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Benetton's lip-locked leader ads: bad taste?

Shocking photos of various world leaders in lip-lock circulated on the Internet today, stirring up a flurry of reaction.

U.S. President Barack Obama puckering up with Venezuelan President Hugo Chavez. Israeli Prime Minister Benjamin Netanyahu and Palestinian Authority President Mahmoud Abbas giving each other a friendly peck on the kisser. North Korean dictator Kim Jong-Il and South Korean President Lee Myung-bak letting bygones be bygones with a stiff smooch.

The provocative images are part of clothing brand Benetton's new advertising campaign, unveiled on Wednesday.

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The campaign – the brand's first major campaign in a decade of largely forgettable ads – is touted as "Unhate."

Alessandro Benetton, deputy chairman of Benetton Group SpA, told The Wall Street Journal that the ads are meant to discourage hatred. "In a moment of darkness, with the financial crisis, what's going on in North African countries, in Athens, this is an attitude we can all embrace that can have positive energy," Mr. Benetton said. The company has also launched an Unhate foundation that aims to promote tolerance.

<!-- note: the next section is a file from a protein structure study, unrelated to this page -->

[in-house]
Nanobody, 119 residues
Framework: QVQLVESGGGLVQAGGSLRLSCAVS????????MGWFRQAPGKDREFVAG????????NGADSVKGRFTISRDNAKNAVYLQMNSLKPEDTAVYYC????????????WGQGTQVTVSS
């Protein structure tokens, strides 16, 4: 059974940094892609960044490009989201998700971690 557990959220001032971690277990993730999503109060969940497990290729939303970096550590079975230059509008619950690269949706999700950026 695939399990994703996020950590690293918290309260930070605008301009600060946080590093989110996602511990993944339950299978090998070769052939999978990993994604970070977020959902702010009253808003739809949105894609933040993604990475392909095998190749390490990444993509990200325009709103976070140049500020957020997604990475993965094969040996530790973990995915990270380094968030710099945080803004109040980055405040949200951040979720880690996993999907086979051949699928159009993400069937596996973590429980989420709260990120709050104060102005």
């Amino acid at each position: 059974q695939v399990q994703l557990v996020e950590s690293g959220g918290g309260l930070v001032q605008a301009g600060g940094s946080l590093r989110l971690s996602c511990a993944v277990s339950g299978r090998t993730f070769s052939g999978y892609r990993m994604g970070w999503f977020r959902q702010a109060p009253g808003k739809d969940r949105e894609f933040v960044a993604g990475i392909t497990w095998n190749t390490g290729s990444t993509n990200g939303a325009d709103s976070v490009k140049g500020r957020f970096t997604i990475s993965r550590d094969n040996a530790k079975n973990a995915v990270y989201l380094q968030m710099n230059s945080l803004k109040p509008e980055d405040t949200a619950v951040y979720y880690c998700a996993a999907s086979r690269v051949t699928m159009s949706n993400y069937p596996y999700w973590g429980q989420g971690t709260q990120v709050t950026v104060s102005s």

Six images were released as part of the campaign. In addition to the aforementioned couplings, there is a pontifical peck between Pope Benedict XVI and Ahmed Mohamed el-Tayeb, the imam of the al-Azhar mosque in Egypt, a kiss between Mr. Obama and Chinese leader Hu Jintao, and the lone mixed-gender embrace between German Chancellor Angela Merkel and French President Nicolas Sarkozy.

On Twitter, the campaign has garnered frenzied responses from all over the world. While most seem to be in praise of the images, the overall response hasn't been entirely favourable.

According to Reuters, Vatican spokesman Federico Lombardi denounced the campaign, calling the use of the Pope's image "totally unacceptable." Shortly after Father Lombardi made the statement, it was reported that Benetton vowed to pull the photo featuring the Pope, and said it was "sorry that the use of the image had so hurt the sensibilities of the faithful."

Do you think the Benetton campaign is thought-provoking or in poor taste?

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